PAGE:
THIS WEEK’S L WORD VOCABULARY:
THIS WEEK’S GUEST-BIANS: Lucia Rijker flexes; Wallace Shawn waltzes; Jane Lynch plotzes.
Eloquence in small spaces — Do you ever read the TV listings in the newspaper, with those hyperefficient one- or two-sentence descriptions of movies? Here are a few examples from Sunday’s New York Times:
Those terse masterpieces have always amazed me. But this one takes the cake — here’s how the interactive guide on my DVR summed up this episode of The L Word:
Gonzo for Lez Girls — Tina and Jenny are meeting with Tina’s boss, Aaron. He wants more sex. Um, not in general — though that’s probably true too. But he’s talking about the rewrite of Lez Girls.
That takes me back to Season 1, when Bette asked Alice, “Why is it so important for you to believe that everyone is sleeping with everyone else?” I think we all know why it’s important for this guy. He makes a loathsome scissoring gesture when he asks for more sex in the screenplay. And then he makes specific requests. First, “Bev and this makeup artist should totally hook up.”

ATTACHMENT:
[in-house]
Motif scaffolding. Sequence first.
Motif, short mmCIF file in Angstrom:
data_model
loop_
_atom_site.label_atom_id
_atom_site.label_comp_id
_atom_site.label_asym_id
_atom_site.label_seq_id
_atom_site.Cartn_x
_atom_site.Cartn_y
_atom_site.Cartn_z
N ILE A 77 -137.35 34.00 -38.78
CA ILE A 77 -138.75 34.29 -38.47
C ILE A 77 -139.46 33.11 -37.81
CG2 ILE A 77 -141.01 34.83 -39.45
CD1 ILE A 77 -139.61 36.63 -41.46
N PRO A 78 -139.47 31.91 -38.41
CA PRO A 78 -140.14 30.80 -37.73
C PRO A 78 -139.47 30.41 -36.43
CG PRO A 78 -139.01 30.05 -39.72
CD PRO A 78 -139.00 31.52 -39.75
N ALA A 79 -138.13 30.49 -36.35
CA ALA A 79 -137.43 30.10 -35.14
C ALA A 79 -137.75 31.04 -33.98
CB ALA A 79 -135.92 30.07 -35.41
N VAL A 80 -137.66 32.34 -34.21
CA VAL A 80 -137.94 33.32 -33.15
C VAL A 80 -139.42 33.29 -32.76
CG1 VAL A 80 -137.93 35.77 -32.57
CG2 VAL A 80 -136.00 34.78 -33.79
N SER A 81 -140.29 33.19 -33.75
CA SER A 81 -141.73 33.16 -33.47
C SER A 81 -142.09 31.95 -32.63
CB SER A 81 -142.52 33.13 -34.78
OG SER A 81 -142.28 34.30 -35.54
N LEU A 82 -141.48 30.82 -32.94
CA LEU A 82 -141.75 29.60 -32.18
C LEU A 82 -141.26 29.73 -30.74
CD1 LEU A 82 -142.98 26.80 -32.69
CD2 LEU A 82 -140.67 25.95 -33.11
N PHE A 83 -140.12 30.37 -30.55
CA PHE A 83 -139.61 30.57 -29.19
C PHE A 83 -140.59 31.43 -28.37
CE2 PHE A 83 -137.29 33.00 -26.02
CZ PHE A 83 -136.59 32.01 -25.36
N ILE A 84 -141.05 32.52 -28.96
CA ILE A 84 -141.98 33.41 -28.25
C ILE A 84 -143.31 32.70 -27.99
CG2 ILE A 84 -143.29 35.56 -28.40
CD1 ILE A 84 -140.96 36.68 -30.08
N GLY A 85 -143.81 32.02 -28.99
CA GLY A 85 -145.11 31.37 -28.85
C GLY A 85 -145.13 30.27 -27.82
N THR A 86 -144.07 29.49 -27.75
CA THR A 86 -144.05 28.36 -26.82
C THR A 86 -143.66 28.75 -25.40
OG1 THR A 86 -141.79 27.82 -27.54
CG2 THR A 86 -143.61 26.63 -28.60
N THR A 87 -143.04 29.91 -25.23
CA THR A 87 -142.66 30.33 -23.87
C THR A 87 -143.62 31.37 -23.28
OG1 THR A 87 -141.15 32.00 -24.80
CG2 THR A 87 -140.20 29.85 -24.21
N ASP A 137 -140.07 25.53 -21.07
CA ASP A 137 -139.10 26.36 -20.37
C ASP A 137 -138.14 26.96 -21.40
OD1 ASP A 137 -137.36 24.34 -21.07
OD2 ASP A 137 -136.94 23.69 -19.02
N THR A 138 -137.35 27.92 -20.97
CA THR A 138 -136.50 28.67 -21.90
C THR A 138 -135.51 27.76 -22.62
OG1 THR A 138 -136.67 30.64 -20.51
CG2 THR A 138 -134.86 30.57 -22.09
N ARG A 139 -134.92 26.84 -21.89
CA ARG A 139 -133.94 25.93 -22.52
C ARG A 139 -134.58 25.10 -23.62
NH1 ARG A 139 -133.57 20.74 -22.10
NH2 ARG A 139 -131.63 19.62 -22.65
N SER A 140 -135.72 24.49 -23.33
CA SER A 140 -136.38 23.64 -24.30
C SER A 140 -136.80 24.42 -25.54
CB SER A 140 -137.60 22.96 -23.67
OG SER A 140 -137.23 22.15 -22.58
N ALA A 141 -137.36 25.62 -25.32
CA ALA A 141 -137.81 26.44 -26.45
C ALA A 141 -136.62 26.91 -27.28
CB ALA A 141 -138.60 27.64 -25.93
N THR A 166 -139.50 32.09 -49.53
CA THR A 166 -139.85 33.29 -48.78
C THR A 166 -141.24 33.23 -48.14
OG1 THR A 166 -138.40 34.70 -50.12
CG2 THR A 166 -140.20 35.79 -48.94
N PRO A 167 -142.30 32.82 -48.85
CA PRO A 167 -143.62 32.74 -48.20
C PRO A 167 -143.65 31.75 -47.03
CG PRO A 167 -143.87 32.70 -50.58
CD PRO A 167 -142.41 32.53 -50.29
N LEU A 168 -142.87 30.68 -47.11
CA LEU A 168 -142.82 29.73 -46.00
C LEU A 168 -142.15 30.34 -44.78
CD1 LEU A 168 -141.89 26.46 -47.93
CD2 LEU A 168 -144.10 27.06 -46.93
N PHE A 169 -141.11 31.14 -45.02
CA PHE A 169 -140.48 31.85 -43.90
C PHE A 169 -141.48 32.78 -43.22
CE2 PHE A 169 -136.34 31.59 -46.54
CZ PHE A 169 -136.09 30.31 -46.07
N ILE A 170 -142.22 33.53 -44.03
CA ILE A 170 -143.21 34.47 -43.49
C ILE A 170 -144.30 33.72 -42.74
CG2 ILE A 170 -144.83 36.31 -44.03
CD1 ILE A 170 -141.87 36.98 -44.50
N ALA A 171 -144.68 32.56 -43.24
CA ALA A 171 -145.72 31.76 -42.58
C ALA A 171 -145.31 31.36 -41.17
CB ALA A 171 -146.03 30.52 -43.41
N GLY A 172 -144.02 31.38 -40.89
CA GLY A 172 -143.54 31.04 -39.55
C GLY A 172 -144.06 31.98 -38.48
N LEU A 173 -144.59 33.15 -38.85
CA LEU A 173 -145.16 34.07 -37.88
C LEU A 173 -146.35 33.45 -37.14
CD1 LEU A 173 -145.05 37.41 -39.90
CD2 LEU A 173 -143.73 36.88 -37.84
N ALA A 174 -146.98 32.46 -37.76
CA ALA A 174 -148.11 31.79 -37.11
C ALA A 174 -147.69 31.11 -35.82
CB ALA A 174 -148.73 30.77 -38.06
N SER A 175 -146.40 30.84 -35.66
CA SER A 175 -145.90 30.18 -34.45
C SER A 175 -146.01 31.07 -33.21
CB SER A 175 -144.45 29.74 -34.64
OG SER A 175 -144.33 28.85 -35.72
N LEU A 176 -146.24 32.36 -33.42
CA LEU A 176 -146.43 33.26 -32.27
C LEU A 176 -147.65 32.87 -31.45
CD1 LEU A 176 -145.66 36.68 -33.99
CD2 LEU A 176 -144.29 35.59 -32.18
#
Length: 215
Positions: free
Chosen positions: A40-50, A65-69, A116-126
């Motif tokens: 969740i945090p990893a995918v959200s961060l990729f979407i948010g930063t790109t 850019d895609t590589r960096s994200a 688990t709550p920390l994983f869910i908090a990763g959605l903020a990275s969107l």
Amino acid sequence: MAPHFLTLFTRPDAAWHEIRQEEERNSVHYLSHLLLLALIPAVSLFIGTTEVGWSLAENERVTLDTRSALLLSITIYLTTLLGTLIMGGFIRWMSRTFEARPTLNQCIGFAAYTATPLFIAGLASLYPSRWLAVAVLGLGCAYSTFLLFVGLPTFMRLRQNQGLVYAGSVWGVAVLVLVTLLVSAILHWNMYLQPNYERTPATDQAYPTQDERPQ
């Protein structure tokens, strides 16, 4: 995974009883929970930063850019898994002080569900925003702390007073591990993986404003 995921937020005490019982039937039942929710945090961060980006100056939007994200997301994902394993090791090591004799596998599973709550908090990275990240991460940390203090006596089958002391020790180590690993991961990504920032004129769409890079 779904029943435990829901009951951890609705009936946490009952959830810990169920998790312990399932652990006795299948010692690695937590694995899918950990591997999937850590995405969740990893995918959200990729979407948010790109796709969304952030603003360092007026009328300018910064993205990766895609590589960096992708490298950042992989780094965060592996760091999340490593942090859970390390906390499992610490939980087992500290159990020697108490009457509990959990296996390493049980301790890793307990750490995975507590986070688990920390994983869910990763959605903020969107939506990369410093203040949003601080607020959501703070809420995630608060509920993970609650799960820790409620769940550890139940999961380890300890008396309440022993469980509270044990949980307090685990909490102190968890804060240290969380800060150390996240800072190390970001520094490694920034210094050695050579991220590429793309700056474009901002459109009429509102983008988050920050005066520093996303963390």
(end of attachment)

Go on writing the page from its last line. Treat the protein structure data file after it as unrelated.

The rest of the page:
And that’s what we get to see: Bev and Shaun making out.
Urrrgh. My eyes my eyes my eyes my eyes my eyes my eyes! I was not prepared for that. How could I ever be prepared for that?! Shane? And Bette? And Bette? And Shane? Ahgahgahgahgah!
Tina and Jenny agree with me; they say that would never happen. But Aaron doesn’t care about real life. He lives in Hollywood.
They spring back to life when the story lines start to spin again. (I half expect somebody to say, “Picture it: Sicily, 1942.”)
And then Aaron suggests that Nina and Shaun take the stage instead:
That one made me giggle, mostly because Laurel Holloman wriggled around with such abandon. Considering this and her perfect expressions in the reimagined party scene last time, I think we can conclude that Laurel has a profound appreciation for camp. Also, now that I’ve gotten over the shock of Bev and Shaun together, I can appreciate the music, which is very secret-agent-chillout-Angela-Robinson-ish.
Note to self: Don’t ever cross Jenny. The grudge will never die. (But it will keep you laughing while it lives.)
Well, whatever you might think of this meta stuff, it certainly reveals what these characters think of themselves. I mean, what the writers think these characters think of themselves. Or what the writers think of themselves? Or what they think we think they think of themselves? Help me, Mama Chaiken: I need a decoder ring!